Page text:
Presented by dinca.org, Vision Quest is a three-day festival celebrating the most innovative contemporary moving image and media art culture from artists worldwide, with salient interest in supporting artworks made using unconventional processes and emerging technologies.
Andrew Rosinski (b. 1987, Traverse City, Michigan, USA), is a visual artist, curator, and writer who received his BA from Columbia College in Film & Video with a concentration in post-production and documentary & ethnographic film. In 2009, he founded Dinca, a contemporary visual arts blog surveying the most noteworthy & innovative artworks that exist in physical, digital, & time-based spaces. In 2012, he founded Vision Quest, a contemporary moving image & media arts festival. In 2014, he was awarded a Propeller Grant, a program by the Andy Warhol Foundation For The Visual Arts as part of its initiative to promote informal and independently organized visual arts activities across the United States. His artwork — moving image, painting & drawing, sculpture & objects, text, digital media — has exhibited at the Museum of the Moving Image, NYC; the Serpentine Gallery Marathon, London/Internet; the Museum of Contemporary Art, Chicago; Doc Films at the University of Chicago; Threewalls’ 12th Annual Gala; the Ann Arbor Film Festival; Galeria Ze dos Bois, Lisbon, Portugal; The Wrong – New Digital Art Biennale; bubblebyte.org; the Off and Free Film Festival, Seoul, South Korea; the Axiom Center for New and Experimental Media; and at Brown University’s Granoff Center for the Creative Arts. He currently lives and works in Chicago, Illinois, where he is an artist in residence at the Chicago Artists Coalition and resident participating in the Propeller Fund Pilot Program Studio Residency at Mana Contemporary Chicago.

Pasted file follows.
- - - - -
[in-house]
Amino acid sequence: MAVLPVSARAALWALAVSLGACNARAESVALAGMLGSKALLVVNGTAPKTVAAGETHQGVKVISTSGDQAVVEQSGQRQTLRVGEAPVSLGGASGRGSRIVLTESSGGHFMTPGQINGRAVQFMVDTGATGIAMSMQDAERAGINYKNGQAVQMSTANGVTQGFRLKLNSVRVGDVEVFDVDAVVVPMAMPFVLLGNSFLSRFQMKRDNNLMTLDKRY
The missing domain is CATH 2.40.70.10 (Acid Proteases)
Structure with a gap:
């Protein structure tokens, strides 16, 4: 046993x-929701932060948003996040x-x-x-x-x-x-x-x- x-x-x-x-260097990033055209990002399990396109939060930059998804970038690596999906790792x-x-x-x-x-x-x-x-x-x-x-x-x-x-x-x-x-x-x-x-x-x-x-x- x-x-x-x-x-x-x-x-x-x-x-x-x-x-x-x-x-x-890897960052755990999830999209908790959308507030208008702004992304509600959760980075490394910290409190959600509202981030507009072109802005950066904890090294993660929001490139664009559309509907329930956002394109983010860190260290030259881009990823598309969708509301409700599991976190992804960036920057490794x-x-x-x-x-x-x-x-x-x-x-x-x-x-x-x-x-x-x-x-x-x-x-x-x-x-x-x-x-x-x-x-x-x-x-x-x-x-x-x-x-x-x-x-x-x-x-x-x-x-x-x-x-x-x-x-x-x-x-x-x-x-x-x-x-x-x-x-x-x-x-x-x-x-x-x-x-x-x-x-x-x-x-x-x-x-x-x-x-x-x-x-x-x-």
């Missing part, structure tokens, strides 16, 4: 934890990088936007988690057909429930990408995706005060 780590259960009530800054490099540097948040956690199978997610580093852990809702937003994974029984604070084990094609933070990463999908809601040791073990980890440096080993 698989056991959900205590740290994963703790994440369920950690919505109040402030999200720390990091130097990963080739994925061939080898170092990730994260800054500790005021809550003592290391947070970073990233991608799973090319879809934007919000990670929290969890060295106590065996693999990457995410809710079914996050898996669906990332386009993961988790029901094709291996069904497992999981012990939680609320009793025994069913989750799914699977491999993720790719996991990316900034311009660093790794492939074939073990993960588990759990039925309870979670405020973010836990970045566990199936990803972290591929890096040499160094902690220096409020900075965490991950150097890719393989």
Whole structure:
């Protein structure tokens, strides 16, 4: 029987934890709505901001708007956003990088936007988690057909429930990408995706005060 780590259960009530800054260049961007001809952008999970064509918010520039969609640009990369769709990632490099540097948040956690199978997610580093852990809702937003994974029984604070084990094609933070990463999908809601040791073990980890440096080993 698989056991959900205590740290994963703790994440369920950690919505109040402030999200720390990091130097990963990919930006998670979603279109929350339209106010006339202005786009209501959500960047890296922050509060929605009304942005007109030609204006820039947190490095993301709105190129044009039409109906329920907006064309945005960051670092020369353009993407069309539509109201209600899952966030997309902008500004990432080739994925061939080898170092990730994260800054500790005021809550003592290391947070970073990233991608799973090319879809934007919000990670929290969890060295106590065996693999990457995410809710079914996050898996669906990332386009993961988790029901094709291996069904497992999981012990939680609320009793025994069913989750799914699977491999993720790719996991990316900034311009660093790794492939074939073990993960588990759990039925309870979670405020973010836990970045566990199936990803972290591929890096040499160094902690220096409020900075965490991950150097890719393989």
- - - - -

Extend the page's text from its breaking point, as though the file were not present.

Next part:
Fern Silva (b. 1982, USA/Portugal) uses film to create a cinematographic language for the hybrid mythologies of globalism. His films consider methods of narrative, ethnographic, and documentary filmmaking as the starting point for structural experimentation. He has created a body of film, video, and projection work that has been screened and performed at various festivals, galleries, museums and cinematheques including the Toronto, Berlin, Locarno, Rotterdam, New York, Images, London and Hong Kong Film Festivals, Anthology Film Archive, Gene Siskel Film Center, Wexner Center for the Arts, Museum of Art Lima, Cinemateca Boliviana, Brooklyn Academy of Music, Institute of Contemporary Art/Boston, Museum of Contemporary Art/Chicago, Museum of Modern Art P.S.1, and Cinema du Reel at the Centre Georges Pompidou. He was listed as one of the Top 25 Filmmakers for the 21st Century in Film Comment Magazine’s Avant-Garde Filmmakers Poll, is the recipient of the Gus Van Sant Award from the 49th Ann Arbor Film Festival and was nominated for Best International Short Film at the 2012 Edinburgh International Film Festival. He studied art and cinema at the Massachusetts College of Art and Bard College and is currently based in Brooklyn, NY and Chicago, IL where he teaches at the School of the Art Institute of Chicago.